Well, for this specific project Seth Lorinczi -- who's in the band -- was organizing a benefit for Reading Frenzy (an "independent press emporium"). He asked me to play a couple of songs and I asked him and his partner Julianna (Golden Bears) to play on them too. We only played a few songs together but I just thought, "Wow, this is an interesting collaboration" and so Seth told me to make a record. That's really where it came from -- circumstance. That first record (1000 Years) was more of a project idea, more of a solo record, you know? It was when we went on tour together and added Mike Clark (Stephen Malkmus and the Jicks) to the band that it actually became a band. We really gelled and then we got to know each other and enjoyed playing together and so we collaborated on this new record. This record involved all of us together much more. Everybody contributed.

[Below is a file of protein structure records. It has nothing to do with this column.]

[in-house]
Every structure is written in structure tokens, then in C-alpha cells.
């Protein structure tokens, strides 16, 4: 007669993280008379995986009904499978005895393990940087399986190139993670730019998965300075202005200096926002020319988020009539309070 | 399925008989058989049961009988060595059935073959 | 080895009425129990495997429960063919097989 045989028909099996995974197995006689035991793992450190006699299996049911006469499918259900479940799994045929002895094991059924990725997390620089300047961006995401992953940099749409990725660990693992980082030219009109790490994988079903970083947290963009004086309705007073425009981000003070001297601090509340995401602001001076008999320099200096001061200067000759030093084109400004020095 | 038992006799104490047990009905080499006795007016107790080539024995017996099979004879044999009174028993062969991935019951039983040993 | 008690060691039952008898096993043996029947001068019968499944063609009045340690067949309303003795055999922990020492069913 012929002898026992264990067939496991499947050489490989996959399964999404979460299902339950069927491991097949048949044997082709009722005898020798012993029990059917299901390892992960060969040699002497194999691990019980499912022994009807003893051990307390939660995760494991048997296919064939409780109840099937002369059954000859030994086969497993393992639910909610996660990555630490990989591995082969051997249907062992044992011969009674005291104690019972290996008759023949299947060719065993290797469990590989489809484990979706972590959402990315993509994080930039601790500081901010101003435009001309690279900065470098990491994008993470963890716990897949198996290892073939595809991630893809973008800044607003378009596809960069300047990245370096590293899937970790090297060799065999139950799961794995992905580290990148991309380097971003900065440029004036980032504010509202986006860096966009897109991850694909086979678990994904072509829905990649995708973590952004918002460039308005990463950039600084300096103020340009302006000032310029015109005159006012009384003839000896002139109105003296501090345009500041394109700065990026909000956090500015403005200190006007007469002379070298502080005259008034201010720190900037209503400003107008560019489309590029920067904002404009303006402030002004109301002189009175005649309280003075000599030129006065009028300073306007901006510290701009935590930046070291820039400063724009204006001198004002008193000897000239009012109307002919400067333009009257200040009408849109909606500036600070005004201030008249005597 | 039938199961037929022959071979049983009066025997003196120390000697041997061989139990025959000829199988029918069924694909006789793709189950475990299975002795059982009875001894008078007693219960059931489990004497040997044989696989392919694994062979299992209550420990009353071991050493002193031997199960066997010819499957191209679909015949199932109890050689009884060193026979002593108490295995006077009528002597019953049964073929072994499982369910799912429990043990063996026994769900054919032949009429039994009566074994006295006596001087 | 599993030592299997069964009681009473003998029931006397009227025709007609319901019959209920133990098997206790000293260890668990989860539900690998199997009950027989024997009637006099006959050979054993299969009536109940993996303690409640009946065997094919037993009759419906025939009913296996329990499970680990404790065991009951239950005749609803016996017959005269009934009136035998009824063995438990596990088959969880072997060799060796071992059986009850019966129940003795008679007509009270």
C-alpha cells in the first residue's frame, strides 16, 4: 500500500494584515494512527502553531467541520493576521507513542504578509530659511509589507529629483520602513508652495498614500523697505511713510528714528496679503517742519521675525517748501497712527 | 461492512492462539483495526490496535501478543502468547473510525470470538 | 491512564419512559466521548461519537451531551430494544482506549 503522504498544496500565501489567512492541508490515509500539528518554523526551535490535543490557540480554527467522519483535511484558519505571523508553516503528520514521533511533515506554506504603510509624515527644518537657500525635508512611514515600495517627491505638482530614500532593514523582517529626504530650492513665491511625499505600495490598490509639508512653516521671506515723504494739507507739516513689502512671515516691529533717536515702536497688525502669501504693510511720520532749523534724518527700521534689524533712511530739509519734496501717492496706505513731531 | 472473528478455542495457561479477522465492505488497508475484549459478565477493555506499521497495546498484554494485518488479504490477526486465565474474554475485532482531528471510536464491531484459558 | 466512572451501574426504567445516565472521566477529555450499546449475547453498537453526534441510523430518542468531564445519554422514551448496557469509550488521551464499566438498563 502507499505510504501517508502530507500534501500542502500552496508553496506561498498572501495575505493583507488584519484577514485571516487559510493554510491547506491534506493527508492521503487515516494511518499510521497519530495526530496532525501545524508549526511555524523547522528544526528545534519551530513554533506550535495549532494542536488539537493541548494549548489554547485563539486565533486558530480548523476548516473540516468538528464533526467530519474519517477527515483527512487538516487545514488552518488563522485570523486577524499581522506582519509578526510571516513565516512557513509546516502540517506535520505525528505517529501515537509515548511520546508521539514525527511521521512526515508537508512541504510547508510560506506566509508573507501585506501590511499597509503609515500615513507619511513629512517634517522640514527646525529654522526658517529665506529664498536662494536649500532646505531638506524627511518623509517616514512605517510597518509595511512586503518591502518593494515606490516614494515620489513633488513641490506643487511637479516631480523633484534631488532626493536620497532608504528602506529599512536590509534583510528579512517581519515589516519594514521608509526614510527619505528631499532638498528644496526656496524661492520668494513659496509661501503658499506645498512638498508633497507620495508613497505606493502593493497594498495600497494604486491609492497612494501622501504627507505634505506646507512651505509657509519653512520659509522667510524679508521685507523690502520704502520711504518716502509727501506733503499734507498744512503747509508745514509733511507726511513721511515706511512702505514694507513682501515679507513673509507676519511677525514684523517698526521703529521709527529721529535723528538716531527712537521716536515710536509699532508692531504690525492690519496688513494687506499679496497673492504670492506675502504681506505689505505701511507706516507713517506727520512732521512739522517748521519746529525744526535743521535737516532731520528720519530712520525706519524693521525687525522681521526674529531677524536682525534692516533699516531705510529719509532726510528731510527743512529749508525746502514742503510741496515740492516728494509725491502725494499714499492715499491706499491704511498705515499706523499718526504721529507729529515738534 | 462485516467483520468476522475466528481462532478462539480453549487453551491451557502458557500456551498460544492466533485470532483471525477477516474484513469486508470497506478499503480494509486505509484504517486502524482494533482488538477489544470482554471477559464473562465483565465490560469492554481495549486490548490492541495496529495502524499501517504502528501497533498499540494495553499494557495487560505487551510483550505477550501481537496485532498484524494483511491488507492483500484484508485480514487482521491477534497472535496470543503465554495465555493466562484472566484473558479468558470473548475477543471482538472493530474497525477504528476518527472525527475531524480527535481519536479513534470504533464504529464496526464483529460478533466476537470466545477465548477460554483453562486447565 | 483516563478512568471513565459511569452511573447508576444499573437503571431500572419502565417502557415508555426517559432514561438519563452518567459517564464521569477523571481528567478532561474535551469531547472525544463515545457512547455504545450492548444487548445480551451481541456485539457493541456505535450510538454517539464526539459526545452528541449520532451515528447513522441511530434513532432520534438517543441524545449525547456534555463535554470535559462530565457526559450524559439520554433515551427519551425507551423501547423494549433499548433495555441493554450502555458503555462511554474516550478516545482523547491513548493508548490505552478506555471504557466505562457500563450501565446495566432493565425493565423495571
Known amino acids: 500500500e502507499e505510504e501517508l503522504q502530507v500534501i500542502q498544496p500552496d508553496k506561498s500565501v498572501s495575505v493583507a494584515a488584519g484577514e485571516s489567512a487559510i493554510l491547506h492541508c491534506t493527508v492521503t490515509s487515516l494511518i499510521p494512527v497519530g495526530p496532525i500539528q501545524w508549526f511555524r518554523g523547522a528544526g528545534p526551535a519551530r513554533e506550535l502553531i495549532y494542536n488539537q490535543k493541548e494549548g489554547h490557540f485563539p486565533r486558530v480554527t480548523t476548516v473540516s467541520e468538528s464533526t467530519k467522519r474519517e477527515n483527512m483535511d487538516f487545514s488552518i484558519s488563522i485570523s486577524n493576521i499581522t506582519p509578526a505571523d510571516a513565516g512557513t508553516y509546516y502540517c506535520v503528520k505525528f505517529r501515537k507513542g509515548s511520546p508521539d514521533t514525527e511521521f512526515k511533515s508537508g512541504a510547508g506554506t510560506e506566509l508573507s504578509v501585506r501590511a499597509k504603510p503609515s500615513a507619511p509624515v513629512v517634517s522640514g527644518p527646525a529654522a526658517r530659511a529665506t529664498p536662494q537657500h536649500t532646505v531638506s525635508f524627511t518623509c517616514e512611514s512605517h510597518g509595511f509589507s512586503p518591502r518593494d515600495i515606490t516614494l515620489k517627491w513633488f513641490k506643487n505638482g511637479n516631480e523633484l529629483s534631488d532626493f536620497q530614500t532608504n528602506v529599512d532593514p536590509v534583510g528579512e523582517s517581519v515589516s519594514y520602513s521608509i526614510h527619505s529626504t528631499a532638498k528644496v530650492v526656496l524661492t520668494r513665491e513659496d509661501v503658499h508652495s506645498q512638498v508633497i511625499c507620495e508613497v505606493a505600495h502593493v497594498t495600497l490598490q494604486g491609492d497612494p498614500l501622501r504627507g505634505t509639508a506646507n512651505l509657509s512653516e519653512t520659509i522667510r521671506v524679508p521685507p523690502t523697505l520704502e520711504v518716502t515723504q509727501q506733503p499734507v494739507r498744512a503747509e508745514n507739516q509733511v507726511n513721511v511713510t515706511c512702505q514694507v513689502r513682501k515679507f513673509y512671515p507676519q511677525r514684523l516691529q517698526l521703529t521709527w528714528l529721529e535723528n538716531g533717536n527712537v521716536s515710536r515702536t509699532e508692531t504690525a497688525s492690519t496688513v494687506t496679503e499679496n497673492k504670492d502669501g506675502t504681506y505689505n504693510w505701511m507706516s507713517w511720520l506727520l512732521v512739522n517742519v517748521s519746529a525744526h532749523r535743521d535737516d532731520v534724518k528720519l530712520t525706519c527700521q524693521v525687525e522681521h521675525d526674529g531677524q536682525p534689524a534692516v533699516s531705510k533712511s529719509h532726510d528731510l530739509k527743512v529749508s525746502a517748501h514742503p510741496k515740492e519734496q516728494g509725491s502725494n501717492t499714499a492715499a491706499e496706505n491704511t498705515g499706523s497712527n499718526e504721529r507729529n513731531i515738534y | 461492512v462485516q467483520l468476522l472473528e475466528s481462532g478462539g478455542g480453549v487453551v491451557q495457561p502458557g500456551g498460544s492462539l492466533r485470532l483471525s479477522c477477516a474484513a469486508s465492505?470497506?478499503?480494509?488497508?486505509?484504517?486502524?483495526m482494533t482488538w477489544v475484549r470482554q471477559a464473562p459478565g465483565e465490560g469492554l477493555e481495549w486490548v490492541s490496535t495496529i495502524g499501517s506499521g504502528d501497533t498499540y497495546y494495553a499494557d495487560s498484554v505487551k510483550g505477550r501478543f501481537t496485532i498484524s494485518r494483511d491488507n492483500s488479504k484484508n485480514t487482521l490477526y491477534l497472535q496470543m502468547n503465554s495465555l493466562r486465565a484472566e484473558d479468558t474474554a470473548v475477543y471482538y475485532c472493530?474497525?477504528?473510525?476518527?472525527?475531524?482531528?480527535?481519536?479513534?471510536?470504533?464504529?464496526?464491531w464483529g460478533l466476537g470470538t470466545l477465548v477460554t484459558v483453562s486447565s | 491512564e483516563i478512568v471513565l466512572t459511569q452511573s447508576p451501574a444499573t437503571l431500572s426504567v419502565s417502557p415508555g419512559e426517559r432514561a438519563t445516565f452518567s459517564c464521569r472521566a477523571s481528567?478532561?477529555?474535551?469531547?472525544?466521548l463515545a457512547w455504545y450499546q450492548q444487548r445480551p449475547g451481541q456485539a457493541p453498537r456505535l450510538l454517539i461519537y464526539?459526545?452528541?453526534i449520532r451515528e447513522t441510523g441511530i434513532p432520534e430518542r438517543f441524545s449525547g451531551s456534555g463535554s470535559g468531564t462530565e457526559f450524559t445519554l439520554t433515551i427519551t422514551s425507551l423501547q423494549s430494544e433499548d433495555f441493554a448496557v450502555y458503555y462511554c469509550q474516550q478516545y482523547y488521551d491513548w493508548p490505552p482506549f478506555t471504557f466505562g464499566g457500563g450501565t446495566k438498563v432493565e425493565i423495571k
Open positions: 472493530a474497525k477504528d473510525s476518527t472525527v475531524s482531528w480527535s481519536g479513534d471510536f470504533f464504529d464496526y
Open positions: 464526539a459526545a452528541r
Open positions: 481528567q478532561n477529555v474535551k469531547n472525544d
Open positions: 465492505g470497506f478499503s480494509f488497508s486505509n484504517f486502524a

How long of a process was the planning, recording and writing of Kill Rock Blues?
[Laughs] It took a while. I mean, it was after we released 1000 Years that we came back to Portland and decided to work on some new stuff. At the very beginning of 2011 we started writing...and we wrote a lot. We started recording that August but we really took our time. There was a huge emphasis on changing things and adding things and perfecting things.
What kind of changes are you talking about? How do you think the band has grown between the two albums after, well, I guess self-actualizing as a legitimate band?